Gigamon Extends Real-Time IT Security Visibility

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    Don’t Let the IT Security Paradigm Shift Leave You Stranded

    As a provider of appliances that govern network traffic in real time, Gigamon has steadily built a base of customers that need maximum visibility into their network traffic. Today, Gigamon is looking to extend that visibility to security applications in a way that is being endorsed by Check Point, Cisco, Cyphort, FireEye, Lastline, Damballa, Lancope, LightCyber, Niara, ExtraHop, PinDrop, RSA, Savvius, Fortinet, Palo Alto Networks, LogRythm and Imperva.

    Johnnie Konstantas, director of security solutions marketing and business development for Gigamon, says that with the launch of GigaSecure, contention issues between security applications trying to access the same network data will soon be a thing of the past. While Gigamon appliances have been used to feed data into security applications before, GigaSecure makes use of Application Session Filtering (ASF), a filtering engine developed by Gigamon that uses application signatures or patterns within packets to identify the application flow of network traffic.

    Once positively identified, ASF extracts the entire session corresponding to the matched application flow from the initial packet to the last packet of the flow, which enables administrators to forward specific “traffic of interest” to security applications and appliances in real time. Additional benefits of this approach, adds Konstantas, include the ability to extract metadata in a way that scales to providing visibility to encrypted traffic.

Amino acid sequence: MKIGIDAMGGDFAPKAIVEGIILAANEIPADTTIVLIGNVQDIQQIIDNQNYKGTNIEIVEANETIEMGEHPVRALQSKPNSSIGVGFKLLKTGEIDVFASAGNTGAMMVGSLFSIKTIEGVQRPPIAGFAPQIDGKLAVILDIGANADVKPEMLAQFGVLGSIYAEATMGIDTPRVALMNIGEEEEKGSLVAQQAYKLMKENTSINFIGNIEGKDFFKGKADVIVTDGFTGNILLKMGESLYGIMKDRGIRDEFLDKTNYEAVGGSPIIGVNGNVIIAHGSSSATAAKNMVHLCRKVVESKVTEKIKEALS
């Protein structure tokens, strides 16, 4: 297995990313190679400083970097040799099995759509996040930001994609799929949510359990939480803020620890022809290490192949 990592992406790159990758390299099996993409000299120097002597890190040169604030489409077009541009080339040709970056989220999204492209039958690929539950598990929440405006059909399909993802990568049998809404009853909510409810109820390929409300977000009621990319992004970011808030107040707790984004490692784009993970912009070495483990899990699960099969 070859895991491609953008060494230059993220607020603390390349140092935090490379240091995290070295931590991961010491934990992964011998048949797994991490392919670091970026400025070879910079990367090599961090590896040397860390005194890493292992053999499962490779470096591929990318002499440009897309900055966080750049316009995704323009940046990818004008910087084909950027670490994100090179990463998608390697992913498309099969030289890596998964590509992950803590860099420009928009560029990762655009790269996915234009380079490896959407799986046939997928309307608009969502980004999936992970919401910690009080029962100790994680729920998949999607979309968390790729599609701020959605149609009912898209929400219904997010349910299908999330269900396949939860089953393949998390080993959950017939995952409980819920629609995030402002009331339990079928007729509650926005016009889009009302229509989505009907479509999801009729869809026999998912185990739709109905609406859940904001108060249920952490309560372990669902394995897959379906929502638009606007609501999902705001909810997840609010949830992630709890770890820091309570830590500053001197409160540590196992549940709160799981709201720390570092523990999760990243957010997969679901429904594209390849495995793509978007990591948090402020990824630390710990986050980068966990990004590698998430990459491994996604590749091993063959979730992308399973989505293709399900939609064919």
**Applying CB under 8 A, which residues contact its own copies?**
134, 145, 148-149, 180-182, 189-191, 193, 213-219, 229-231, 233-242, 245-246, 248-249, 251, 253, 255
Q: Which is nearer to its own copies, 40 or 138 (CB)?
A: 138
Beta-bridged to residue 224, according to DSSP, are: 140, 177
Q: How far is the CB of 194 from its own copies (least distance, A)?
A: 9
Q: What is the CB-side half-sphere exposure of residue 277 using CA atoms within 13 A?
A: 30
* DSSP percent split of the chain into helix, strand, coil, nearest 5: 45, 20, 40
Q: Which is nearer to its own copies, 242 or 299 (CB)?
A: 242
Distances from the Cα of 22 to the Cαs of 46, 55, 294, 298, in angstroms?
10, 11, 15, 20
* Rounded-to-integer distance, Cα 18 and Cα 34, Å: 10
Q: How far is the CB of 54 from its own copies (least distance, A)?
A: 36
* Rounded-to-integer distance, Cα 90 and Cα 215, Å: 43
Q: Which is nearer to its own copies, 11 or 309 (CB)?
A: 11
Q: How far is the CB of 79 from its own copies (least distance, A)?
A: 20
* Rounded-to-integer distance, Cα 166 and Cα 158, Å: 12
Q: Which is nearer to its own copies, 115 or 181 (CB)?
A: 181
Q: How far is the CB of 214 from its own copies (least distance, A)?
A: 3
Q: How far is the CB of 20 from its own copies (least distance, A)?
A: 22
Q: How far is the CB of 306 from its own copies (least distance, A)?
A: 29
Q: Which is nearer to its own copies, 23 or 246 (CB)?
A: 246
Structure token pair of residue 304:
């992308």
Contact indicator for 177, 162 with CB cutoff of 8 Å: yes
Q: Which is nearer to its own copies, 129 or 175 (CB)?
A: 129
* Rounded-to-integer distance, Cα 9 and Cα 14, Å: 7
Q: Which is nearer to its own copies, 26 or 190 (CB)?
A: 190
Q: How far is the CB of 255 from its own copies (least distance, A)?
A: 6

IT organizations are keenly aware that most of the threats they are trying to mitigate are entering their organizations via porous networks. The challenge IT organizations routinely face is that they can adversely affect the performance of applications by slowing them down to be inspected by a variety of security applications and appliances. By using Gigamon network traffic management functionality to steer that traffic in real time, Konstantas says packets can be deeply inspected without negatively affecting the performance of applications.

    It won’t come as much of a surprise to most IT organizations to discover that they are between a rock and a hard place when it comes to IT security and application performance. Much more surprising may be the simple fact that there is finally a solution to the issue.

    Mike Vizard
    Mike Vizard
    Michael Vizard is a seasoned IT journalist, with nearly 30 years of experience writing and editing about enterprise IT issues. He is a contributor to publications including Programmableweb, IT Business Edge, CIOinsight and UBM Tech. He formerly was editorial director for Ziff-Davis Enterprise, where he launched the company’s custom content division, and has also served as editor in chief for CRN and InfoWorld. He also has held editorial positions at PC Week, Computerworld and Digital Review.

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